The scene is still a little bit too bright. So in order to dial it down, I'm going to adjust the material on the HDRI. That's more of like an Exposure setting. The lighting affects individual objects and brightens them up. But for the entire scene to get lighter and darker, I'm going to adjust the HDRI. So if I click on the HDRI material in the Material Manager, and under the Luminance, I'm going to add black to the Color channel. What that's going to do is, the Mix Mode when it's set to 64%, means that this object, means that this HDRI material that we have in the Texture channel is now mixing back into whatever you have in the Color channel.
But in this case, it's mixing into white. So let's make it mix into black. So I'll drag that down. I clicked on the swatch to get the color picker up and made the color black. You can see that the entire material got darker and so did my scene. Now when I render, you can see the entire scene got darker, but our shark and our text are now starting to pop a little bit more off the background. The next thing we're missing is a little bit of shadow information. You can see that the areas in between the letters here are bright.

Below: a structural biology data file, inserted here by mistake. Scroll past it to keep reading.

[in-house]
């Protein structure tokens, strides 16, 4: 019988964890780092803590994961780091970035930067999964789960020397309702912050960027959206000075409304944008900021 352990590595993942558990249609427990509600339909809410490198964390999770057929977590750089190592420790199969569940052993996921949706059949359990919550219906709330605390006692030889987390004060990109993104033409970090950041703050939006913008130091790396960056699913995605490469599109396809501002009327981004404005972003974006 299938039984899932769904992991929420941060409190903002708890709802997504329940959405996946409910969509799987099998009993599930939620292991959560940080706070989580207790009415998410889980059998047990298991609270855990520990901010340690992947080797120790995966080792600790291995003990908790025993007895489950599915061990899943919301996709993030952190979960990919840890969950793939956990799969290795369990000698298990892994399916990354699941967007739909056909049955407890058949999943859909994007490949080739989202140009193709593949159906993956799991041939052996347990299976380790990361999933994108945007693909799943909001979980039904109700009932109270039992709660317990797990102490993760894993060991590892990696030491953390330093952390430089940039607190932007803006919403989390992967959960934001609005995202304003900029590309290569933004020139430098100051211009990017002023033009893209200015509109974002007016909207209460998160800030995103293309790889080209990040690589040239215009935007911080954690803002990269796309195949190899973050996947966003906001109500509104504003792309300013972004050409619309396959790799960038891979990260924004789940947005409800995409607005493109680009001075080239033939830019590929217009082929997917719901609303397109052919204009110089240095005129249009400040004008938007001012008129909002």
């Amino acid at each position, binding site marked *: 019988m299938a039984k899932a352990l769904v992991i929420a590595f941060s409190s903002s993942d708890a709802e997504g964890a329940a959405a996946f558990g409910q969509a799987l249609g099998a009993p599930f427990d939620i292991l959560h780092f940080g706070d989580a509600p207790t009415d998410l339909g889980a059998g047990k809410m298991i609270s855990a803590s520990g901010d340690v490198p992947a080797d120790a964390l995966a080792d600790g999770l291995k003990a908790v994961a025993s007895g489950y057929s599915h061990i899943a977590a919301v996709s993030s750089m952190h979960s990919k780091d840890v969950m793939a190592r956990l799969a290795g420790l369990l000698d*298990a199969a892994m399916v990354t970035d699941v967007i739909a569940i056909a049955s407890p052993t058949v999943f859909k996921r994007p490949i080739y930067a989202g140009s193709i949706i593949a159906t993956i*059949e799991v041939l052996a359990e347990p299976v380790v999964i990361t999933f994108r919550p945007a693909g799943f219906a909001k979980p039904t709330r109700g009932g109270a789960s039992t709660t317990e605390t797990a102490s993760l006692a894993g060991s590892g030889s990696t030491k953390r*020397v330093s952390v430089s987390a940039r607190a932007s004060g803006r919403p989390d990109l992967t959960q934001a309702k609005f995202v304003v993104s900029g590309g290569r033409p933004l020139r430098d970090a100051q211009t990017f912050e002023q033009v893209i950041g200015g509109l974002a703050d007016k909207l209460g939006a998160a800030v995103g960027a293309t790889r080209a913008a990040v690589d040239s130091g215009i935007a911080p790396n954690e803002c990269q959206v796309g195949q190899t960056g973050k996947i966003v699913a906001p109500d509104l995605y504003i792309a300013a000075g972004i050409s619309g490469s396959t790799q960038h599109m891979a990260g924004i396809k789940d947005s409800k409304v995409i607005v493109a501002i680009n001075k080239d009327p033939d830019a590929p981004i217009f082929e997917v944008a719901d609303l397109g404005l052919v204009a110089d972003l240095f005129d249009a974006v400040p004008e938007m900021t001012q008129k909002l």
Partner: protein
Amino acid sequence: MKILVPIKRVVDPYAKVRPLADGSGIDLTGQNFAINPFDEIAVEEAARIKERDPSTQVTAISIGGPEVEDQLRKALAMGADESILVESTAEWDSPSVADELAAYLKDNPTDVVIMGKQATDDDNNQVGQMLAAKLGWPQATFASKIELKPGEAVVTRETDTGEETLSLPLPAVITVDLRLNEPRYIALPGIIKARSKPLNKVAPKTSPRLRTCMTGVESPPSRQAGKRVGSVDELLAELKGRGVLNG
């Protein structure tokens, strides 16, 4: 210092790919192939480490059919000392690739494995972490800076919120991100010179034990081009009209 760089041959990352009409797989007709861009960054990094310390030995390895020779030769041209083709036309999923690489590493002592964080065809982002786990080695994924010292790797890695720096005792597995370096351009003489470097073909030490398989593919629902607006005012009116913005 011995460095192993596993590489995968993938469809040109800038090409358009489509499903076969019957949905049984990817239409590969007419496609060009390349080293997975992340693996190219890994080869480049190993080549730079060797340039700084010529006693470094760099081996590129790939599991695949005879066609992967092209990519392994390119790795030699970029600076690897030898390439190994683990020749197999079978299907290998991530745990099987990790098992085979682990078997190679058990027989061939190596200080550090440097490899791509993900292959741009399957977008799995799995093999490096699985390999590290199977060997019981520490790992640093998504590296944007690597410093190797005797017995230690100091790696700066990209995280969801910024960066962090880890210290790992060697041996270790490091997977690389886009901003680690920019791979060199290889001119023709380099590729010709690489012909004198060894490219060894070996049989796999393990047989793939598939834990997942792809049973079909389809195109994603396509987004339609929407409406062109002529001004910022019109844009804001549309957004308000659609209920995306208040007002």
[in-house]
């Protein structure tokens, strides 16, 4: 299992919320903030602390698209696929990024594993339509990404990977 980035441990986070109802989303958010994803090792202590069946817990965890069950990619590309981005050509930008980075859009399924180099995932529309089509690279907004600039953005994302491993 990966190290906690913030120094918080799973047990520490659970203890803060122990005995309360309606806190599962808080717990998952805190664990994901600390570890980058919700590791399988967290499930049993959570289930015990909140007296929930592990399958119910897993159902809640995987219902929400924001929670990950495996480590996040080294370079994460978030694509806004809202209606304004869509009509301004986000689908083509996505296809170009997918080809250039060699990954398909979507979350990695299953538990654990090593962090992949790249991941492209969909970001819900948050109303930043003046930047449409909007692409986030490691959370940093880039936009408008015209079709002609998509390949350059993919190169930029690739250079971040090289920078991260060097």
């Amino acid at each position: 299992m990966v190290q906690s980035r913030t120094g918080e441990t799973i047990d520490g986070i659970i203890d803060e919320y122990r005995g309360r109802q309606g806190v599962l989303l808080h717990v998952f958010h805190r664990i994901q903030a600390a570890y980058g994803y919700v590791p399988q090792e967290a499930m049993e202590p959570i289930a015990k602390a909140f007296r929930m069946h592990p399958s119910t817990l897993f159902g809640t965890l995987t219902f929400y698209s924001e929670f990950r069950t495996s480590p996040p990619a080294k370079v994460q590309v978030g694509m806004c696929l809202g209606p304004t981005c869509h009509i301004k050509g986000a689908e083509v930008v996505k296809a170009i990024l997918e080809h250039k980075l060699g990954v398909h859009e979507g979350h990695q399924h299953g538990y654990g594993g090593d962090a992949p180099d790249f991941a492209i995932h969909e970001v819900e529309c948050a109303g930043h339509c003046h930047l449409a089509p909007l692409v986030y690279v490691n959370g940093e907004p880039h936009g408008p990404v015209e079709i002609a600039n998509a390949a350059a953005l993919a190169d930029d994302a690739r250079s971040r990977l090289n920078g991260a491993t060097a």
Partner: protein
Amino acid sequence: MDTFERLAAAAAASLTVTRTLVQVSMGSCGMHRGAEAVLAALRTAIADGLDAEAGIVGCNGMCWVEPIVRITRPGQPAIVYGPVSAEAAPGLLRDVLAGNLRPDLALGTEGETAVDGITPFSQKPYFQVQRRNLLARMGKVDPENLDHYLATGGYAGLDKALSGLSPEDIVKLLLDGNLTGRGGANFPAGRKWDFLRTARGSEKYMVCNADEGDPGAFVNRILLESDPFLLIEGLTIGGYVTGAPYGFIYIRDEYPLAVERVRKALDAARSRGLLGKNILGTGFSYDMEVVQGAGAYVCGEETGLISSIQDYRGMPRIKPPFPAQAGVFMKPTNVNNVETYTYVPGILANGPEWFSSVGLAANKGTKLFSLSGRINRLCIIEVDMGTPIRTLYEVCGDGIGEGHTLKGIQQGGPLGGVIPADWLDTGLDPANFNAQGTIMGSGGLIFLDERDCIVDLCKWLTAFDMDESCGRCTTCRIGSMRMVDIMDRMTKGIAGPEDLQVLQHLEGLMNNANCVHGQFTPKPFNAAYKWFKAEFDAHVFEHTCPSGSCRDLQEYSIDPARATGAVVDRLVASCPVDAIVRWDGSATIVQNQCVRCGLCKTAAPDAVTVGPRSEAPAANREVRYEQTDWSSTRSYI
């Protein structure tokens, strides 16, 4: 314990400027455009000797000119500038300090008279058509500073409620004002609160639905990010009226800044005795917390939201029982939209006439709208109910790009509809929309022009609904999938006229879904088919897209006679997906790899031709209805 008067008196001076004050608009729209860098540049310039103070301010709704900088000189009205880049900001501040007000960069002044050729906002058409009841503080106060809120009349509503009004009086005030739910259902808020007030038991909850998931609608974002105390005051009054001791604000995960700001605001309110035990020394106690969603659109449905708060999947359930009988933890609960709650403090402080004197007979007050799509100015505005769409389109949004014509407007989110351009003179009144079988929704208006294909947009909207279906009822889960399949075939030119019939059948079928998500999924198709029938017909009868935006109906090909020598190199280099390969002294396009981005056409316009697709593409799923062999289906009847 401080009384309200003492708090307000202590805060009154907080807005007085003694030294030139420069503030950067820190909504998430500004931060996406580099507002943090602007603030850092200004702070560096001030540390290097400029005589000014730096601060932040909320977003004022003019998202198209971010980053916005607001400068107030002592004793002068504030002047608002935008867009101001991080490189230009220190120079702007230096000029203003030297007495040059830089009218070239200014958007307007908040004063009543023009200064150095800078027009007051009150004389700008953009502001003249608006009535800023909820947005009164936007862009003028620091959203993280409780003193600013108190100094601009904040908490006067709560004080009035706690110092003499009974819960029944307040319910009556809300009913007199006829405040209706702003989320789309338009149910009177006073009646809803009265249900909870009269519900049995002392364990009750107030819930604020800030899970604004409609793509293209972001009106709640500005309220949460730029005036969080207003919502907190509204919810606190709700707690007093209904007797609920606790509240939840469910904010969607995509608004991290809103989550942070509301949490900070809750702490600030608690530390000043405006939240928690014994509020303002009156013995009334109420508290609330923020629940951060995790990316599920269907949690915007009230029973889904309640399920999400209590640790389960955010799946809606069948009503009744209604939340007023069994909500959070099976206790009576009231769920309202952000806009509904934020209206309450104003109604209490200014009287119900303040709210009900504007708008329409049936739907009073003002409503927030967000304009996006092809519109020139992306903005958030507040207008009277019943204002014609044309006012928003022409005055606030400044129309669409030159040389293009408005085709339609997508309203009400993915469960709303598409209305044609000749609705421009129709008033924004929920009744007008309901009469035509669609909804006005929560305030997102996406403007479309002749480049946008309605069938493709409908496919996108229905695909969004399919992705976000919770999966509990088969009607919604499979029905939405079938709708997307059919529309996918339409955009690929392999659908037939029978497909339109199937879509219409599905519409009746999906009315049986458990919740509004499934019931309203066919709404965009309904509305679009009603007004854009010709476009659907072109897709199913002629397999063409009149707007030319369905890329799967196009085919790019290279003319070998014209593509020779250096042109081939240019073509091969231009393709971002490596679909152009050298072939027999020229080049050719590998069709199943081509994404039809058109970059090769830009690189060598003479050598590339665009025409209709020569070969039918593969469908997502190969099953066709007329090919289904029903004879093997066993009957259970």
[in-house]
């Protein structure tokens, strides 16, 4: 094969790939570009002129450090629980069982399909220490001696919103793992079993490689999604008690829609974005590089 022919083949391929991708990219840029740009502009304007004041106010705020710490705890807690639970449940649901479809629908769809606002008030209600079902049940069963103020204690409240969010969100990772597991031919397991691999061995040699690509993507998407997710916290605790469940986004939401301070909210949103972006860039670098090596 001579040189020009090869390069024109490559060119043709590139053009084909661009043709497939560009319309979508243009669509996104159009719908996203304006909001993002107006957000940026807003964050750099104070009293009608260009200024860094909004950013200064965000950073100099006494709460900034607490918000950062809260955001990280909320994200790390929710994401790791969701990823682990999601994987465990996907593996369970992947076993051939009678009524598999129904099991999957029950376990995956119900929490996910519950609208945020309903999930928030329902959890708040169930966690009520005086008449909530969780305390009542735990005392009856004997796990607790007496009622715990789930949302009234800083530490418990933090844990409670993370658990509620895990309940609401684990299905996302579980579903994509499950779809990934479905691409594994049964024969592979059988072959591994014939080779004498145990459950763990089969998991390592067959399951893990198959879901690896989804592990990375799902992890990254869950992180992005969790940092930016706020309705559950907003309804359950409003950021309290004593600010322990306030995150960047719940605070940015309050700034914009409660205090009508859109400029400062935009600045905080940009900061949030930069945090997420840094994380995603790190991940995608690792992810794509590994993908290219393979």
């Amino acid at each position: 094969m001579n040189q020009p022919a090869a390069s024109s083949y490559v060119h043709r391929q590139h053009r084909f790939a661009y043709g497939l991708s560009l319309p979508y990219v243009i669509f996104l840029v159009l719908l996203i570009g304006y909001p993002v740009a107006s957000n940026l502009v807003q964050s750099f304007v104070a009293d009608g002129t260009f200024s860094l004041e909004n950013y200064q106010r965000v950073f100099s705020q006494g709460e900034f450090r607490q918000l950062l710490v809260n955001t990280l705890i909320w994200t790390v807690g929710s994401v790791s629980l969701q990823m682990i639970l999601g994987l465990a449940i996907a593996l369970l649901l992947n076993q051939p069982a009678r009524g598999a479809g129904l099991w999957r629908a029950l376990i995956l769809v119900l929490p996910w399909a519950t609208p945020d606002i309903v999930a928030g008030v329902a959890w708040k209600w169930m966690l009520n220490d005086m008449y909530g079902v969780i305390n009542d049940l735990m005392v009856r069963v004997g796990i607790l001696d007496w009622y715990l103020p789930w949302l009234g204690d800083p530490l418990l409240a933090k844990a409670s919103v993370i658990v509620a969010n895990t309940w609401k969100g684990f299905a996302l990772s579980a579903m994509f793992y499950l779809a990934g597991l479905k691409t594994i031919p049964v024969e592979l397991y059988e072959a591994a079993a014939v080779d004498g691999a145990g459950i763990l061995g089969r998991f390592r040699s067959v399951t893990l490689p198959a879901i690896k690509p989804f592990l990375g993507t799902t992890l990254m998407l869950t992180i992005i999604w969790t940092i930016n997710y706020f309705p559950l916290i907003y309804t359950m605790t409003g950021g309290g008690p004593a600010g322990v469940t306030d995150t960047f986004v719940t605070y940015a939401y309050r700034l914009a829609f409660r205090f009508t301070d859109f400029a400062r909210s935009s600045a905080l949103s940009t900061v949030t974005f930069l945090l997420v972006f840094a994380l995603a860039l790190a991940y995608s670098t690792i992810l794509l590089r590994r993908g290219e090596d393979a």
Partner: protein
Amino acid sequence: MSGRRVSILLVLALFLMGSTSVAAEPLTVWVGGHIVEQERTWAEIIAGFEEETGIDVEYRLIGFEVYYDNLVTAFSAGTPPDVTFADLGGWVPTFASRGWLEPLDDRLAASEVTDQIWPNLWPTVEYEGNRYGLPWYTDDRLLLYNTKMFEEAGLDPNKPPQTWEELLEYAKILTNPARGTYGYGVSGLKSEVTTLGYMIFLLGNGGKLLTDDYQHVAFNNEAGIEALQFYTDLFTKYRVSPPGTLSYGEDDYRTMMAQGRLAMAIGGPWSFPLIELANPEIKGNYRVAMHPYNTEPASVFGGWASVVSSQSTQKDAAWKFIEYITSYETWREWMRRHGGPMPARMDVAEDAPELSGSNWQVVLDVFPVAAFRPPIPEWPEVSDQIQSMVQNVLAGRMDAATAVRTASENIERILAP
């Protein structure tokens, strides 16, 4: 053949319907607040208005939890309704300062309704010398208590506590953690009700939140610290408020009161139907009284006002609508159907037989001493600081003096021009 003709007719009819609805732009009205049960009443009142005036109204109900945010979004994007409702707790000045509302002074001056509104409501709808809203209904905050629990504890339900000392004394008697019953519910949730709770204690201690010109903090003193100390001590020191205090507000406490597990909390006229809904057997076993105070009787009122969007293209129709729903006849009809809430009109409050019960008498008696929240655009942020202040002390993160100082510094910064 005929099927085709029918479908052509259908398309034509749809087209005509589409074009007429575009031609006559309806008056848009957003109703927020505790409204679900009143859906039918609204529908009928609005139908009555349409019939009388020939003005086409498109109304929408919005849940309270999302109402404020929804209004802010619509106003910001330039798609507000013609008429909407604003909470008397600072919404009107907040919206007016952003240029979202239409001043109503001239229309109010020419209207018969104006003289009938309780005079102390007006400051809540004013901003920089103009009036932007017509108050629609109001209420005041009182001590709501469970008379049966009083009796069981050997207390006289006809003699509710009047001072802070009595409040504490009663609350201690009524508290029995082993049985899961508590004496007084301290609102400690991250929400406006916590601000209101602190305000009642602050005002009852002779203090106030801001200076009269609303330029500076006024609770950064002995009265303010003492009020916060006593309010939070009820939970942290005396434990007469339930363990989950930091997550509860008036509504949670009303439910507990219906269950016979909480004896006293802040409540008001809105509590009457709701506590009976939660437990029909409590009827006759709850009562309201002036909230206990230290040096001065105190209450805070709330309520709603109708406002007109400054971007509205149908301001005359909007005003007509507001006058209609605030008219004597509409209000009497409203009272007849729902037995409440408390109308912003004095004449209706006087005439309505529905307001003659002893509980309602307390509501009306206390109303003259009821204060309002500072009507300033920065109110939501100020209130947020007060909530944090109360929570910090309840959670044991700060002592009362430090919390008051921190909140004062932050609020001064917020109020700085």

They really should be in the dark. Also, the text should be casting a shadow onto our shark as it passes by. So let's duplicate this light one more time. We're going to duplicate the shark light and call it shadow light. In the options for the shadow light, we're going to go to the Scene property. We're going to delete the shark uber object out of there. Then this is very important. We're going to change the Mode from Include to Exclude. When you do that now, because it's excluding nothing that means it's going to affect all the objects in the scene.
Right now, our light is casting light on our objects. But we really only wanted to cast shadows. That way we have two lights for light and then one light for just shadows. That gives us a lot of control over the scene. So we have to tell this light to be a shadow caster. So let's go to the Details property, and tell it to be a shadow caster by turning on the Shadow Caster button. This light is no longer affecting our scene from an illumination standpoint, but it's also not casting shadows yet. So we have to turn shadows on. We go to the Shadow page, and then change the Shadow type from None to Area.
An Area shadow is the most accurate type of shadow that's CINEMA 4D can draw. When I render this now, you're going to see-- You can actually already see it in the analysis pass. But you can see now we have some nice dark shadows in the in between on the letters, and our shadow being cast onto our shark. So this Lighting setup gives a lot of flexibility and control over how our scene is illuminated. Our underwater look is really coming together.